Finding common ground

May 1, 2021 -- Living City

Finding common ground

The Braver Angels are bringing back political discourse

By Susanne Janssen

People do things differently and try to cope with death in many ways.

Around 40 people show up on Zoom, and every square not only has a name, but also a letter that marks their political affiliation: B for Blue (Democrat), R for Red (Republican). 

One square has two names, one with a B, the other with an R. “Help us save our marriage,” the couple jokes.

What brought us, strangers who had never met, together on a Monday night? One hope: to learn how to dialogue, have meaningful conversations with those holding different opinions and be enabled to work together amidst polarization. The organization offering these workshops is called “Braver Angels,” and its workshops usually fill within minutes.

Moderator Jeff, “barely red,” and his wife, “barely blue,” are seasoned experts in maneuvering through tricky conversations within their own family. Jeff explains the goals of our Zoom meeting: “to learn about the perspectives, feelings and experiences of people from a different political viewpoint.” 

At the same time, participants learn how to convey their own perspectives, feelings, and experiences, without offending each other. And, in a best-case scenario, participants discover common ground.

“Tonight,” Jeff explains, “we are not going to talk to those who have the opposite letter in front of their name. We are beginners, so we role play with those who hold similar values.” 

My discussion partner is Sarah, from Seattle. We introduce ourselves and share what has shaped our political views.

We learn that “respect, curiosity and openness” are key elements. We practice our listening skills and use paraphrasing questions to make sure that we understand each other. During the second round, we practice explaining our viewpoint in a non-offensive way — avoiding emotional, categorical statements. 

While role-playing as a member of the opposite party, we enjoyed throwing into the discussion all the phrases that make us upset — while our partner bravely steers the conversation back to the distant shore of common ground.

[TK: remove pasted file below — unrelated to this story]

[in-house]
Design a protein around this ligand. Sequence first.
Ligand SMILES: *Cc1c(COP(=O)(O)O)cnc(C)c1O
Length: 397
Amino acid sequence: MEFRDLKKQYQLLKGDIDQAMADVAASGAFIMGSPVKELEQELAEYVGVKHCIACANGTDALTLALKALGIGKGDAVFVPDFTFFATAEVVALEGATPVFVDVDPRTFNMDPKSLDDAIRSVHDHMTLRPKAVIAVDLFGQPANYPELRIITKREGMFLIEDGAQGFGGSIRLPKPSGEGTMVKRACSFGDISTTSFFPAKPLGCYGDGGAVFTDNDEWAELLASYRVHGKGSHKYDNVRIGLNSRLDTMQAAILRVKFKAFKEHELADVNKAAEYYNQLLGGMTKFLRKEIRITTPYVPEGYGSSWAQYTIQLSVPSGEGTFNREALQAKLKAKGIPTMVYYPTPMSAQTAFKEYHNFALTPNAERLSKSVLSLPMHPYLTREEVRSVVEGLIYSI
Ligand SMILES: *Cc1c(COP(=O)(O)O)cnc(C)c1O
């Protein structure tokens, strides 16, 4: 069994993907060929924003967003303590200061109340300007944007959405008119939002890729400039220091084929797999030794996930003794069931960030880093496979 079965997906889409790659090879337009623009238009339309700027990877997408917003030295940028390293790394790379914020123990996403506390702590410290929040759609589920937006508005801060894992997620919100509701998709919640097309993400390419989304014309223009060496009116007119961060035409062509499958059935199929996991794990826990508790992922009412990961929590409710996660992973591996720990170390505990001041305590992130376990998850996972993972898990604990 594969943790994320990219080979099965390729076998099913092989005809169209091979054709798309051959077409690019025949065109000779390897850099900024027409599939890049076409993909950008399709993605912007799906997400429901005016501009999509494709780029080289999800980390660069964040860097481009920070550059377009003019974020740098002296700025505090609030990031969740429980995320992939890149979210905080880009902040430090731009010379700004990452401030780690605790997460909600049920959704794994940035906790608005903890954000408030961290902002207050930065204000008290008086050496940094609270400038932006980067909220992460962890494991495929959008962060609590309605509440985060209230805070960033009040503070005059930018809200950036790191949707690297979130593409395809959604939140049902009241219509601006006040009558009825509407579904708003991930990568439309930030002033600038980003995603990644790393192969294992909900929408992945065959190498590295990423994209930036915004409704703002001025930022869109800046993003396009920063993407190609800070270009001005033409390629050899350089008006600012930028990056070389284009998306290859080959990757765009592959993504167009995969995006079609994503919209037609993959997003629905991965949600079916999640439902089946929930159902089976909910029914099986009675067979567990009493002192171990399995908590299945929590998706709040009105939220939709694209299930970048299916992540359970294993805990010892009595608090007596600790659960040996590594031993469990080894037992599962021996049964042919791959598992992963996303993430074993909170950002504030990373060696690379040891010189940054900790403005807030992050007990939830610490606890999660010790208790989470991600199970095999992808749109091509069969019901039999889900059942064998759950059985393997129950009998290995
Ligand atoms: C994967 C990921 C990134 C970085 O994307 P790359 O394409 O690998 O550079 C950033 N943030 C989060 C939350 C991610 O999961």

It was only an exercise, two hours on Zoom, but the number of participants showed me how many people are unhappy with the current political division. Wasn’t there a time when we could learn from one another? Where we picked our friends because they completed our view, and not just because they agreed with us?

The birth of the organization

Braver Angels came to life during the 2016 presidential election, but the idea was already born even before the divisive campaigns. David Lapp, one of the cofounders, explains their motivation: 

“Within Braver Angels, we make a distinction between a strong disagreement on issues — a normal and good part of any thriving democracy — and hating each other as fellow citizens, distrusting the other person so strongly that we don’t even want to be in relationship with each other.” 

The Braver Angels want to combat those trends, which could be traced back to the 1980s. “Basically in the 1960s, people were much more likely to say that they wouldn’t want their children to marry someone of the opposite race,” Lapp notes. “But they were fine with marrying someone of the opposite political party. Today, it is just the opposite. Polls show that people are generally fine with marrying someone of the opposite race, but they don’t feel good about their children marrying someone of the opposite political party.”

David Lapp and his friends, David Blankenhorn and Bill Doherty, got together and asked themselves: “How can we to respond to this trend? Can we clarify differences? Can we build relationships between people of different parties?” Their first workshop in December 2016, only three weeks after the election, was just an experiment.